Reading a recent article by Chuck Martin, author of The Third Screen: Marketing to Your Customers in a World Gone Mobile (he is the Director of the Center for Media Research at MediaPost Communications) I was struck at what he had to say about the future of books in a  world gone mobile.

The focus of his short piece was the recent (a few weeks ago)  BookExpo America (BEA), which is, I think, the largest book industry event in North America and one of the largest gatherings of publishers in the world. It was held at the Jacob Javits Center in New York.

At the same time, and on another floor of the Center, was the BlogWorld and New Media Expo, which promotes itself as the largest conference in the world geared to bloggers, podcasters, Web TV content creators, social media enthusiasts and new media content creators.

Over 3,000 attending the BlogWorld conference, and the BEA had three times that number. It was a big event.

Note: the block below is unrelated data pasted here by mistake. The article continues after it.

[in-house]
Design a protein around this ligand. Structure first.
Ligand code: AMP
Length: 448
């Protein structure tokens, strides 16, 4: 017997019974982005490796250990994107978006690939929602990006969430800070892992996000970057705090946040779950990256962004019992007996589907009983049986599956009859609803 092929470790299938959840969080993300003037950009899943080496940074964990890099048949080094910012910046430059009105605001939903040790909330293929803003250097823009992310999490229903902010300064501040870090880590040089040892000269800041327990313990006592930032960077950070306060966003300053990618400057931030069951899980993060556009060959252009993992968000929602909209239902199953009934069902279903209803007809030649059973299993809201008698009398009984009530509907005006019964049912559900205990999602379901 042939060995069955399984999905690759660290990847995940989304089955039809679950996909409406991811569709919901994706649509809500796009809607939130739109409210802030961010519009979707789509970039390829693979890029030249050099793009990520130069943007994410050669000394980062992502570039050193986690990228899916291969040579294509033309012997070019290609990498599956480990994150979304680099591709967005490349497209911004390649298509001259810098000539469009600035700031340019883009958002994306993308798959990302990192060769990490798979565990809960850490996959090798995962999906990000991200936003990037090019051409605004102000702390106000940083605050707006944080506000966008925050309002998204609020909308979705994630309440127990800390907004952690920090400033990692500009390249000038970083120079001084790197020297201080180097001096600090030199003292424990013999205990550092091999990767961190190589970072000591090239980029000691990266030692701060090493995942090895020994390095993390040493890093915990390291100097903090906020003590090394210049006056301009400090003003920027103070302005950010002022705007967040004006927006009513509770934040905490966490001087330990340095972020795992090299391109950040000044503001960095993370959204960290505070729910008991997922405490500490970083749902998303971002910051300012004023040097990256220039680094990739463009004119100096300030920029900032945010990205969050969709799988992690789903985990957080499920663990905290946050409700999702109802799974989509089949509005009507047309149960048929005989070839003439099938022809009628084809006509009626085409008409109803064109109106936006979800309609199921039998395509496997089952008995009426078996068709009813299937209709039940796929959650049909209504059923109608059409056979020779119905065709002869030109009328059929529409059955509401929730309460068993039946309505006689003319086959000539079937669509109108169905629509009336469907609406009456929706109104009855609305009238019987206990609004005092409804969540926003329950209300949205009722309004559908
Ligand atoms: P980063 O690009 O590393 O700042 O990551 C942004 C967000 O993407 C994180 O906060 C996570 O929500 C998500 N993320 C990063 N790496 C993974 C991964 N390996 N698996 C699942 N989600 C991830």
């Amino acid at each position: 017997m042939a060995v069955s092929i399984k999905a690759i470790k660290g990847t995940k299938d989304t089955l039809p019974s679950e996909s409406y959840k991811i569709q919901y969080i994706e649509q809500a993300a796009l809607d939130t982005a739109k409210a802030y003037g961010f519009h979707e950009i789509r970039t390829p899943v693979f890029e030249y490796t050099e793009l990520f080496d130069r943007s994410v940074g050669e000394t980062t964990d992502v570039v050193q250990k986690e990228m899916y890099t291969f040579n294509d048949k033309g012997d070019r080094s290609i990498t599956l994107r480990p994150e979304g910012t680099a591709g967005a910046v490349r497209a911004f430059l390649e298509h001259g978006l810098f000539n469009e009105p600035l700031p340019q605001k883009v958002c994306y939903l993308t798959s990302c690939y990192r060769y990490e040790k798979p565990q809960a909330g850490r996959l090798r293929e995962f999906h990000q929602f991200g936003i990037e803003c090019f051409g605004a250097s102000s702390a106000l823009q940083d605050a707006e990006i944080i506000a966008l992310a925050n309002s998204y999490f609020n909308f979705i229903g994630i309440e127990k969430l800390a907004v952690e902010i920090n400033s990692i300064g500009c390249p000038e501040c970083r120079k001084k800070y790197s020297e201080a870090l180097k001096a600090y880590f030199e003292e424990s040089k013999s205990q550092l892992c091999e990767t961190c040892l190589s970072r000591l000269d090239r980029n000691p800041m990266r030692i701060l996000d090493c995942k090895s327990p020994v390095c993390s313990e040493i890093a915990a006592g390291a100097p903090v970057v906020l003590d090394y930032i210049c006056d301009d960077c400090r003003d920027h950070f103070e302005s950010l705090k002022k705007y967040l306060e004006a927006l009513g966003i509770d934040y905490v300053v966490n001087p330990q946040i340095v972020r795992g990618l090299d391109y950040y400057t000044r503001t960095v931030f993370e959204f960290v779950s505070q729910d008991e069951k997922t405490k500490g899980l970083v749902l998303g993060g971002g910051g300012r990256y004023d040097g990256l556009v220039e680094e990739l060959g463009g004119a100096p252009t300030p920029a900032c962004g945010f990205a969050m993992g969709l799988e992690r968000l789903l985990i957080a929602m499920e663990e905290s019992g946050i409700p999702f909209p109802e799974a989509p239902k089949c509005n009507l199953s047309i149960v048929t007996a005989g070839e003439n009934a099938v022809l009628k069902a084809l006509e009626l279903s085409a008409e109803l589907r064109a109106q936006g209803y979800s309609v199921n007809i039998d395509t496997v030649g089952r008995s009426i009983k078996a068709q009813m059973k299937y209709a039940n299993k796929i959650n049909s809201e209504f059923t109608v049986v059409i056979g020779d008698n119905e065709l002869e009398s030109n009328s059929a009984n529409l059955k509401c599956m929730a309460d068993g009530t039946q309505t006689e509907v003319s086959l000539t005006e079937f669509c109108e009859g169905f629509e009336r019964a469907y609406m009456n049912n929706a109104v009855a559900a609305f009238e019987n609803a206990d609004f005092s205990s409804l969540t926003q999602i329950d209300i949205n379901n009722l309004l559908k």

All the book publishers were there, from McGraw-Hill to Penguin. It is an amazing event, if you love books. Now, these authors, editors, publishers, etc., were into paper. Downstairs, the BlogWorld people were focused on digital delivery-WordPress!-(WordPress powers some 75 million blogging sites (including this one).

At both of these conferences, Chuck Martin had an agenda. He was searching to see the future of mobile, i.e., how soon would we be reading novels, non-fiction, as well as this blog on our phone?

When Martin asked publishers what they were doing with mobile, they told him not very much. Most publishers say that their mobile efforts were being handled by their distributors, most notably Ingram.

Ingram is the largest book wholesale distributor in the world, with millions of titles and more than 71,000 retail and library customers. Martin quotes Marcus Woodburn, vice president, Digital Products at Ingram, as saying, “Our job is to get the published content to where the consumer wants to buy it.”

And here is why that is important. Two examples.

In South Africa, according to Woodburn, only one percent are connected to the Net. He knows that a “market”, i.e., books, would be better suited to be read on phones. The same it appears is true also in Latin America and China. “People do read books on phones,” he says.

Well, what’s next? Forget about the Kindle and Nook, just dial up the book you want to read on your phone.

RPCV writers, your next book sale maybe only a phone call away.